E-cigarettes and replacement nicotine therapy deposit fewer harmful chemicals in the body that smoking.
Annual counseling could reduce prevalence and prevent many smoking-attributable fatalities.
Even patients that quit smoking in their 60s can add years to their lives, researchers find.
An analysis of population trends in England demonstrated that use of electronic cigarettes improves the rate of successful quit attempts, but results in less use of prescription nicotine-replacement therapy products.
When patients ask about safety and using e-cigarettes to stop smoking, doctors give varying advice.
Low aerobic capacity has greater effect on longevity than even high cholesterol, or high blood pressure.
A decreasing number of adolescents are smoking, but e-cigarette use and rates of distracted driving are on the rise for this group.
Swallowing the liquid nicotine appears to affect children under 6 the most, and calls to poison control centers about accidental ingestion have sharply increased.
E-cigarettes have a strong potential to improve population health by reducing or displacing cigarette use. A team of international experts urged the US FDA to have a broad perspective when it comes to regulating e-cigarettes.
Smokers who visit a clinician for lung cancer screening should also be encouraged to quit smoking at that visit. Evidence-based behavioral strategies should be used, at each visit, to motivate smokers to quit.
Patients with cancer, including those with a tobacco-related cancer, do not seem to be more likely to quit smoking than the general population.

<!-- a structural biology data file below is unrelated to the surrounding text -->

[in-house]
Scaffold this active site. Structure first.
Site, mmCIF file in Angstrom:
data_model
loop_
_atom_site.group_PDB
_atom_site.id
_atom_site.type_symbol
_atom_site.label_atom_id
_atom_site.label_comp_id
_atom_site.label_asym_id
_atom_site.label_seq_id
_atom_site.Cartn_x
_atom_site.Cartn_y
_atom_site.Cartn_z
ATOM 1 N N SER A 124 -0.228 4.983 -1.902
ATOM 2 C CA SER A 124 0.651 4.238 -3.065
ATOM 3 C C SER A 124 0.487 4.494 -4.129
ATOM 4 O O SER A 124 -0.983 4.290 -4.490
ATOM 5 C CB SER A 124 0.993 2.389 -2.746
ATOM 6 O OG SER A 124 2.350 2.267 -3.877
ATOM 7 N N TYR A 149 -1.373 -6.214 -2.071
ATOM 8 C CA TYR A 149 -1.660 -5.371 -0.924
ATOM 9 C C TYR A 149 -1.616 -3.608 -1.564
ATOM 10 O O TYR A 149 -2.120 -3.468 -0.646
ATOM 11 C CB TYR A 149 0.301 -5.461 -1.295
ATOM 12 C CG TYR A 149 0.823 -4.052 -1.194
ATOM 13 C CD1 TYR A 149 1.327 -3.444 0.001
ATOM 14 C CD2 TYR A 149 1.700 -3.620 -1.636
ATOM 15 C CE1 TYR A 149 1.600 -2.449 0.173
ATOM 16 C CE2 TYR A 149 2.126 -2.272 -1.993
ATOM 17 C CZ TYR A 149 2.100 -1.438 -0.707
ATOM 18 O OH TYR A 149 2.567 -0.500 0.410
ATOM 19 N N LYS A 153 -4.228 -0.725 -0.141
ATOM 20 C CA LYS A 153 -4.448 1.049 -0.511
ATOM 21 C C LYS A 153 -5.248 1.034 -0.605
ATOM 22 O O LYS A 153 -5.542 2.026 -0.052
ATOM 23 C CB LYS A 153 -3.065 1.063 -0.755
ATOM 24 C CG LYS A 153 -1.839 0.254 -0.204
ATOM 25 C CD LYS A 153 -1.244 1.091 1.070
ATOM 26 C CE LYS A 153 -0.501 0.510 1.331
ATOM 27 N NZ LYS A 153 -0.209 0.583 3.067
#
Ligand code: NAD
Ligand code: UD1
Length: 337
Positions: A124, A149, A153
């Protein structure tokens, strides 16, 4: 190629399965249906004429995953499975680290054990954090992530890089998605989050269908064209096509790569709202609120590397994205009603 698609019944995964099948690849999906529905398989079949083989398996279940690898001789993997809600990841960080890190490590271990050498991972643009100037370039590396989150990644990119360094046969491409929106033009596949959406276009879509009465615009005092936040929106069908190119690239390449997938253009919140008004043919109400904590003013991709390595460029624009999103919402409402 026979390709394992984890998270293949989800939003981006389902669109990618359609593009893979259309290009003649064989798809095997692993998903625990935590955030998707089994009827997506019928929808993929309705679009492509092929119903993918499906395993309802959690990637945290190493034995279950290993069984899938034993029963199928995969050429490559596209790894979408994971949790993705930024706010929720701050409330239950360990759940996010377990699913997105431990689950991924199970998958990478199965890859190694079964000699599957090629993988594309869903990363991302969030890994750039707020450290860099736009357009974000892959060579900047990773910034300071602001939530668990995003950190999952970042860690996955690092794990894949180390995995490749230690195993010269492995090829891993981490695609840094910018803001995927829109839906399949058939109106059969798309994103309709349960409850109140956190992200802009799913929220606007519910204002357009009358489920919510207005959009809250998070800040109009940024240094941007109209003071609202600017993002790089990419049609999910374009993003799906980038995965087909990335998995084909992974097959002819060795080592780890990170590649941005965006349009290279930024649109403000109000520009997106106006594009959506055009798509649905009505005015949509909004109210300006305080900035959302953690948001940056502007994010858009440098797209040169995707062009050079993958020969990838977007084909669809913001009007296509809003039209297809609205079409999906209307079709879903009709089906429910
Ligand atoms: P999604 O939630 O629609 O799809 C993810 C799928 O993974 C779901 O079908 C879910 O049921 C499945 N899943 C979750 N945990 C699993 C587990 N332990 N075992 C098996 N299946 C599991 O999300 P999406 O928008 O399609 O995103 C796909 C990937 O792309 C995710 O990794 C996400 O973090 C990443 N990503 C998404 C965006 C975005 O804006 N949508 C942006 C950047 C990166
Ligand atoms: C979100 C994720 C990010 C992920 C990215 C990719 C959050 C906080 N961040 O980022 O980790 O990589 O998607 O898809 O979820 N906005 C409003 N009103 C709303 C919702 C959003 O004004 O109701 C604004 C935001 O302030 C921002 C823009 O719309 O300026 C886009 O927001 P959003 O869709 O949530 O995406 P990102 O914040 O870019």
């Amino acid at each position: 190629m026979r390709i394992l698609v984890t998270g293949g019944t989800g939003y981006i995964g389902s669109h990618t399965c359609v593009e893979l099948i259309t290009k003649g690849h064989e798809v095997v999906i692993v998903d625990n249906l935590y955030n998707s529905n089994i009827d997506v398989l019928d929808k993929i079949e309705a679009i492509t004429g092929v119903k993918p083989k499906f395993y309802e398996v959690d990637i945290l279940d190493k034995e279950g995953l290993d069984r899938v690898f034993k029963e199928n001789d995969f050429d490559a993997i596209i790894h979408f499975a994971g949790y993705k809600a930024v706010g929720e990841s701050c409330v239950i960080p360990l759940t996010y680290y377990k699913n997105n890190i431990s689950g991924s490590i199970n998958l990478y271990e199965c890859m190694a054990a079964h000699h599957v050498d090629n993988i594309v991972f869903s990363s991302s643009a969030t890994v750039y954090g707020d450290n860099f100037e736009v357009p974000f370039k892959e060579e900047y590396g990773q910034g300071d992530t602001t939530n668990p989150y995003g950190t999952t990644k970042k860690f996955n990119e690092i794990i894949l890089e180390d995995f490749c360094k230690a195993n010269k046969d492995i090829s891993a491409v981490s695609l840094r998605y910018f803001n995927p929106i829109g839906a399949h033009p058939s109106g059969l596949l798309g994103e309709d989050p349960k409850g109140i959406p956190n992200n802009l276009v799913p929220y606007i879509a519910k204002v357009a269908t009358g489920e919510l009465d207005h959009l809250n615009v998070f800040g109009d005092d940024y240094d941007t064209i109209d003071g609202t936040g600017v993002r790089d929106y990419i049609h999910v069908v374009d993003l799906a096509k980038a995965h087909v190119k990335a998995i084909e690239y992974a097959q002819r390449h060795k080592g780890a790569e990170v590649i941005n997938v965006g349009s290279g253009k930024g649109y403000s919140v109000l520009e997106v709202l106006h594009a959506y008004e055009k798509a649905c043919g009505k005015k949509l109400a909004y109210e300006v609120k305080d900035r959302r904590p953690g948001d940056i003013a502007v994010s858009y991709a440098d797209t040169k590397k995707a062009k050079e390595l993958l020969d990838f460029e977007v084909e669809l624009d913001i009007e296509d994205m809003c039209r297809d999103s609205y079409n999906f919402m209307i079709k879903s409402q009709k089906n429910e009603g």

Smokers have good reason to quit the habit both before and after a breast cancer diagnosis.
A recent study examined factors that impact patient preferences for web- and phone-based tobacco cessation programs.
Rates of 6-month continuous abstinence after lung cancer screening did not differ between black smokers and white smokers despite a higher likelihood of 24-hour and 7-day quit attempts by black smokers.
This fact sheet explores the harmful effects of tobacco smoke, tobacco addiction, and the immediate and long-term benefits of smoking cessation.
The U.S. Preventive Services Task Force (USPSTF) urges PCPs to offer interventions to help adults, including pregnant women, stop smoking.
Many patients with lung cancer do wish to be offered support to help them quit smoking after surgery, according to a recent study.
Patients that cease smoking shortly before or after a lung cancer diagnosis experience significant survival benefits.
Researchers estimate that 48.5% of the nearly 346,000 deaths from 12 cancers among adults 35 years and older in 2011 were attributable to cigarette smoking, according to a newly published study.
Government estimates show smoking reduced in roughly half of U.S. states, but some people may be using alternative tobacco products in addition to cigarettes.
More and better data is needed, U.S. Preventive Services Task Force says, to determine whether electronic cigarettes can help traditional smokers quit the habit.
The NCCN Clinical Practice Guidelines in Oncology for Smoking Cessation can help you plan a successful quit program for your patients who smoke.
Series of focus groups shared their personal experiences with and ideas about smoking cessation.
When participants of a smoking cessation program tweet each other regularly on Twitter, they are more successful at stopping smoking.
Research continues into whether e-cigarettes help smokers quit or actually worsen their habit.
Guanfacine, a medication used to treat hypertension, shows promise as a smoking cessation aid.
Employing financial incentives to encourage smokers to reduce cigarette use can be a successful ploy.
Smokers with cancer using e-cigarettes (in addition to traditional cigarettes) were found to be more nicotine dependent and equally or less likely to have quit smoking traditional cigarettes than nonusers.
Smokers with cancer who used e-cigarettes along with traditional cigarettes were more dependent on nicotine, and the long-term safety of the devices still unclear, researchers caution.
Patients with cancer who use e-cigarettes as a form of smoking cessation are equally or less likely to quit smoking.
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